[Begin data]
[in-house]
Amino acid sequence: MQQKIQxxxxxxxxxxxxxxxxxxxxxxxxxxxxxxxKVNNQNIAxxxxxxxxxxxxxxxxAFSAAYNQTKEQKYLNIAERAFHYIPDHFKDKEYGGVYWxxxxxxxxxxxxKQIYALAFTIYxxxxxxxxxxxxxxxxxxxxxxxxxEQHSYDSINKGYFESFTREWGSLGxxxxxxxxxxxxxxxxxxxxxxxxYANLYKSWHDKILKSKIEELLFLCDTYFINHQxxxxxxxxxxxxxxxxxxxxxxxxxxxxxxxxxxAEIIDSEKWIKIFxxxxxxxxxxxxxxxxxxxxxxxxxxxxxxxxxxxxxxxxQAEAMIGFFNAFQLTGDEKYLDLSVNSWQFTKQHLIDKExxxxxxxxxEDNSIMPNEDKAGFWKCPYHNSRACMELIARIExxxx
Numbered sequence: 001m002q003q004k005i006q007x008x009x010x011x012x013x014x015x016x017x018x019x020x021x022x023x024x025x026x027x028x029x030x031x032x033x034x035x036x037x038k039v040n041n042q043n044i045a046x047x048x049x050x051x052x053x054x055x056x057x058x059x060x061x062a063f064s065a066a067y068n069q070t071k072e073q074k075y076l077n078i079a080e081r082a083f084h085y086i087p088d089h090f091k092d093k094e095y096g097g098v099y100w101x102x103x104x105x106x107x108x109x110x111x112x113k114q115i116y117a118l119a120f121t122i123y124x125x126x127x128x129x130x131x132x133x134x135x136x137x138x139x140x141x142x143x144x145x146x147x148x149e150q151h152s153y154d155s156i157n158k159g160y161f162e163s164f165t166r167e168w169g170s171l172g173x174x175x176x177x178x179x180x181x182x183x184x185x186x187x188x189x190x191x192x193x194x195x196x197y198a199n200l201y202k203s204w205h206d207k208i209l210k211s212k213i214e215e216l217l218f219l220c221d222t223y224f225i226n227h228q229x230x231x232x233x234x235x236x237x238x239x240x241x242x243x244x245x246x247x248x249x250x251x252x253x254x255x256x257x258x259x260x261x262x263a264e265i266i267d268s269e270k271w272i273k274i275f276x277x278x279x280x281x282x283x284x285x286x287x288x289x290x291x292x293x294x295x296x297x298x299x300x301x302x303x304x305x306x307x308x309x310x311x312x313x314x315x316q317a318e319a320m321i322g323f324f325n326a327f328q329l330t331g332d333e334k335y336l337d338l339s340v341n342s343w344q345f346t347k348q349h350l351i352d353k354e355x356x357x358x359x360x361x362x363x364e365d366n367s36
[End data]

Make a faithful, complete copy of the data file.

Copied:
[in-house]
Amino acid sequence: MQQKIQxxxxxxxxxxxxxxxxxxxxxxxxxxxxxxxKVNNQNIAxxxxxxxxxxxxxxxxAFSAAYNQTKEQKYLNIAERAFHYIPDHFKDKEYGGVYWxxxxxxxxxxxxKQIYALAFTIYxxxxxxxxxxxxxxxxxxxxxxxxxEQHSYDSINKGYFESFTREWGSLGxxxxxxxxxxxxxxxxxxxxxxxxYANLYKSWHDKILKSKIEELLFLCDTYFINHQxxxxxxxxxxxxxxxxxxxxxxxxxxxxxxxxxxAEIIDSEKWIKIFxxxxxxxxxxxxxxxxxxxxxxxxxxxxxxxxxxxxxxxxQAEAMIGFFNAFQLTGDEKYLDLSVNSWQFTKQHLIDKExxxxxxxxxEDNSIMPNEDKAGFWKCPYHNSRACMELIARIExxxx
Numbered sequence: 001m002q003q004k005i006q007x008x009x010x011x012x013x014x015x016x017x018x019x020x021x022x023x024x025x026x027x028x029x030x031x032x033x034x035x036x037x038k039v040n041n042q043n044i045a046x047x048x049x050x051x052x053x054x055x056x057x058x059x060x061x062a063f064s065a066a067y068n069q070t071k072e073q074k075y076l077n078i079a080e081r082a083f084h085y086i087p088d089h090f091k092d093k094e095y096g097g098v099y100w101x102x103x104x105x106x107x108x109x110x111x112x113k114q115i116y117a118l119a120f121t122i123y124x125x126x127x128x129x130x131x132x133x134x135x136x137x138x139x140x141x142x143x144x145x146x147x148x149e150q151h152s153y154d155s156i157n158k159g160y161f162e163s164f165t166r167e168w169g170s171l172g173x174x175x176x177x178x179x180x181x182x183x184x185x186x187x188x189x190x191x192x193x194x195x196x197y198a199n200l201y202k203s204w205h206d207k208i209l210k211s212k213i214e215e216l217l218f219l220c221d222t223y224f225i226n227h228q229x230x231x232x233x234x235x236x237x238x239x240x241x242x243x244x245x246x247x248x249x250x251x252x253x254x255x256x257x258x259x260x261x262x263a264e265i266i267d268s269e270k271w272i273k274i275f276x277x278x279x280x281x282x283x284x285x286x287x288x289x290x291x292x293x294x295x296x297x298x299x300x301x302x303x304x305x306x307x308x309x310x311x312x313x314x315x316q317a318e319a320m321i322g323f324f325n326a327f328q329l330t331g332d333e334k335y336l337d338l339s340v341n342s343w344q345f346t347k348q349h350l351i352d353k354e355x356x357x358x359x360x361x362x363x364e365d366n367s36